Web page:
It’s a tube that a few volatile liquids move through: gasoline, aviation fuel, diesel oil. It has a bunch of valves to regulate the flows of these liquids. Plus, some storage tank-farms. The valves are computerized. That seems to be the problem. There was no physical damage to the pipeline and its components. The software that runs it got hacked, reportedly a “ransom-ware” sting, where unknown actors get control of the software and won’t relinquish it unless a whole lot of cash gets forked over by some non-traceable electronic means of transfer. I imagine it’s this last point that Colonial and its hackers are haggling over now, which explains the failure to restart the otherwise undamaged pipeline. I also imagine, meanwhile, all kinds of private and government computer savants are trying like hell to hack the hack behind the scenes.
The Colonial Pipeline is easy-peasy compared to the financial system and the electric grid. If the first one gets hacked, the nation’s nominal wealth might disappear (yours included), and, anyway, the financial system itself is not just enormous and hyper-complex, but much of its complexity conceals the massive misrepresentation of vaporous entities for “money” and any stoppage of the flows of that “money,” and things purporting to derive from it, will reveal the black hole at the center of all that activity. Hear that giant sucking sound? That was your livelihood, your pension, and your legacy rushing by en route to zero.
The electric grid is sometimes referred to as “the biggest machine in the world.” Unlike the financial system, it’s not largely stoked on hyper-complex dishonesty, it’s just really old, and jerry-rigged, and held together with duct-tape and baling wire. Probably a few kids in a basement somewhere — not even enemies of the republic, necessarily — could initiate a software attack that causes a whole lot of damage to transformers and other vital components and starts a process that wrecks the whole darn thing. Taking down the grid would be, effectively, the end of civilization, at least for a while, maybe a long while, maybe for good.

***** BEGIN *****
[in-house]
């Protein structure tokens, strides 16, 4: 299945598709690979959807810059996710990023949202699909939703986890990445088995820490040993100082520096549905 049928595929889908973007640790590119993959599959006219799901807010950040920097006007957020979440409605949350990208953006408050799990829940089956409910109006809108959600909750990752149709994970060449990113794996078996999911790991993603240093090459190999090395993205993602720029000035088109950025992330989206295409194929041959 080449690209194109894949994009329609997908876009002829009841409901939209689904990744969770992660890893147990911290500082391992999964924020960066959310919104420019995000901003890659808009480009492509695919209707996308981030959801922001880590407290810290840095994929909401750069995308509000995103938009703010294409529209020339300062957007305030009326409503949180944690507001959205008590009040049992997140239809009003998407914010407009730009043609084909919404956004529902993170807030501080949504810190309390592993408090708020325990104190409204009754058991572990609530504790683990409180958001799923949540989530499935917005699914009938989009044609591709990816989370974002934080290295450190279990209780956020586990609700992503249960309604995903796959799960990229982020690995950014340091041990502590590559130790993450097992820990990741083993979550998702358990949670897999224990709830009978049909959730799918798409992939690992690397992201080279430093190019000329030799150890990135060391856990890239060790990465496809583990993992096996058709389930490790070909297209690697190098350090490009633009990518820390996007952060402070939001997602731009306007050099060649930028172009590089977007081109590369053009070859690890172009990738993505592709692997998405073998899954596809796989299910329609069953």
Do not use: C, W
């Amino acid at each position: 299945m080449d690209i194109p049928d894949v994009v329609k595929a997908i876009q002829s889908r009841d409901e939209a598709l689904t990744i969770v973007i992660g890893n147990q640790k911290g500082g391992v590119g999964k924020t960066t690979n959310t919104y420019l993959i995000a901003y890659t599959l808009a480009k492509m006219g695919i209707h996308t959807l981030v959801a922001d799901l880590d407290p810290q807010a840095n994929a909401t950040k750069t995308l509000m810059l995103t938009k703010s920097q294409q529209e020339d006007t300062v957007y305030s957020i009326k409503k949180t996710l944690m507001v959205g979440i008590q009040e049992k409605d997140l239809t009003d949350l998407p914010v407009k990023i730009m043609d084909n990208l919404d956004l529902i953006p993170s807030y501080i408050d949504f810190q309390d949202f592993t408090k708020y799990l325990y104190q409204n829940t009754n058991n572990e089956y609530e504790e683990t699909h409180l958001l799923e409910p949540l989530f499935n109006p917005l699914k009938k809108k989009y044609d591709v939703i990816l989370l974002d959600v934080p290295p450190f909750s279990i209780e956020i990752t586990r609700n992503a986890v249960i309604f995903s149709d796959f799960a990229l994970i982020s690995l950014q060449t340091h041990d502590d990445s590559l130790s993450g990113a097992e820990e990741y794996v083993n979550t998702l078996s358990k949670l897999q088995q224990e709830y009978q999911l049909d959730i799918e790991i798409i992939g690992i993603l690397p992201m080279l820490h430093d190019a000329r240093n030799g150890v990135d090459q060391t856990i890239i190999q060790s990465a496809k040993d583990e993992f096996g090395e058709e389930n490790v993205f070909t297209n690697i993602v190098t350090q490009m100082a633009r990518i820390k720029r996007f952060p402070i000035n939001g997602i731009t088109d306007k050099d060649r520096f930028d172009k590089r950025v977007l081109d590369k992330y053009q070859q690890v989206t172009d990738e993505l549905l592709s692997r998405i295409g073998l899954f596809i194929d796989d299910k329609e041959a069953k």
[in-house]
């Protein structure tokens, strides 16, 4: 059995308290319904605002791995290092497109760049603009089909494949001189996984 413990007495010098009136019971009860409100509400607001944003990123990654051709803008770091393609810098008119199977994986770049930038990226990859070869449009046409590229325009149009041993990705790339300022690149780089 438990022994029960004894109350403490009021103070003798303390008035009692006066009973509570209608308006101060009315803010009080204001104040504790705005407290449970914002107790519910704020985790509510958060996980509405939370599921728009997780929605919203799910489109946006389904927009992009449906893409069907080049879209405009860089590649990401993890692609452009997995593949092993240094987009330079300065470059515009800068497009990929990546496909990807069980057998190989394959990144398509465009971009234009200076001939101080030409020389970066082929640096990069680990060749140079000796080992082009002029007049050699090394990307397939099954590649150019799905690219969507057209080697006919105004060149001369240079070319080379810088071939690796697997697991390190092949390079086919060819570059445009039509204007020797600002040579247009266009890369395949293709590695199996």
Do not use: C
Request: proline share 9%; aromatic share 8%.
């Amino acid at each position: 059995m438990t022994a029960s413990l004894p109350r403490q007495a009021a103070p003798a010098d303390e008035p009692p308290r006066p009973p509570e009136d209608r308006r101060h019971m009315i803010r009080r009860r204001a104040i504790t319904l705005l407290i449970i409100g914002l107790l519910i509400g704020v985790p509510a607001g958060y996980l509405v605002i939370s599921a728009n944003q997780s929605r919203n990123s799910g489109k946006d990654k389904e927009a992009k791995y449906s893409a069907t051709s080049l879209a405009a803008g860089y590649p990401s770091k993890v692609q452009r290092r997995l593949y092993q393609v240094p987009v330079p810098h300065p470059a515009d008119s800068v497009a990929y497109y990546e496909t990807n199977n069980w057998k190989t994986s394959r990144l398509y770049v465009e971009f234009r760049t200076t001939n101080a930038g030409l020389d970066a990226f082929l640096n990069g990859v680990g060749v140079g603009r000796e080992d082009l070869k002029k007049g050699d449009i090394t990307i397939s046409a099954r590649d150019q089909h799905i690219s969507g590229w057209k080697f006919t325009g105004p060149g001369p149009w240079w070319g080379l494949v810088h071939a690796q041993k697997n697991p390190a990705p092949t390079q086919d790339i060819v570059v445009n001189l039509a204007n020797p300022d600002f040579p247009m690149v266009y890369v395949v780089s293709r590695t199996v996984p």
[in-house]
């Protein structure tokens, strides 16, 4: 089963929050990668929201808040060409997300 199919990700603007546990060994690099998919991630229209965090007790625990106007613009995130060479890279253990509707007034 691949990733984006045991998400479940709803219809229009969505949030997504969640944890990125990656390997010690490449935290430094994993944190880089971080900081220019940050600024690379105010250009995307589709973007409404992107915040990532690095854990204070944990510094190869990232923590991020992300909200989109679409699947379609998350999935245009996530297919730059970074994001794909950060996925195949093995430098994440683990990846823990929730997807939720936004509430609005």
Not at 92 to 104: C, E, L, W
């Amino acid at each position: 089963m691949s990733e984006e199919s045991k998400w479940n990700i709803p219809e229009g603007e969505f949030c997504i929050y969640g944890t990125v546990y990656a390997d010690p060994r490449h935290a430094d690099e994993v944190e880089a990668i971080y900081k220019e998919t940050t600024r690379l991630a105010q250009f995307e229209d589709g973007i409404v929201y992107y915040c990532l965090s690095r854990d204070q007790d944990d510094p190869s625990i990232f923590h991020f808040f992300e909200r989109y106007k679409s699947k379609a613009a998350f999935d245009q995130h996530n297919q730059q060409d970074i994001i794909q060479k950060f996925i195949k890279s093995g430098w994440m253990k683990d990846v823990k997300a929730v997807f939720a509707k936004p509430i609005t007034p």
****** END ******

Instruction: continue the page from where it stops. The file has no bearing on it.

The mega Colonial spill last year would seem to be connected to this.
Let’s start with the stupid: Yes, what they did, assuming the reports are accurate, was stupid. You do not connect anything that has access to SCADA, that is, control systems, to the Internet. Period. I don’t care how. I don’t why. I don’t care what. You don’t do it. End of discussion. Oh, but that means the employees can’t work from home! Correct. Sit in office, work on machine, machine has zero external connectivity, no USB ports or instantly alarms if you plug something into one, etc. Connections between facilities are encrypted over centrally-controlled infrastructure with regular audits. Nothing beyond the orbit of those devices connects to the sane and sanitary systems. Period, end of discussion, no exceptions. Next, there are rumors that Colonial had a leak in their line and it was spewing fuel into the environment.
It was allegedly supposed to be fixed by a given date. More than one million gallons of gas spewed out of it. Eight months later it was still not corrected. That was on April 19th of this year. So what’s going on here? I get it. Things break. We rely on “things” for our daily lives. A certain amount of human error and trouble is expected. I’m ok with this; many are not, but I am because I like to have fuel in my car and groceries on the shelves, and without said technology, which comes with risk, we won’t have those things. There are people who think we can avoid all that. They’re wrong.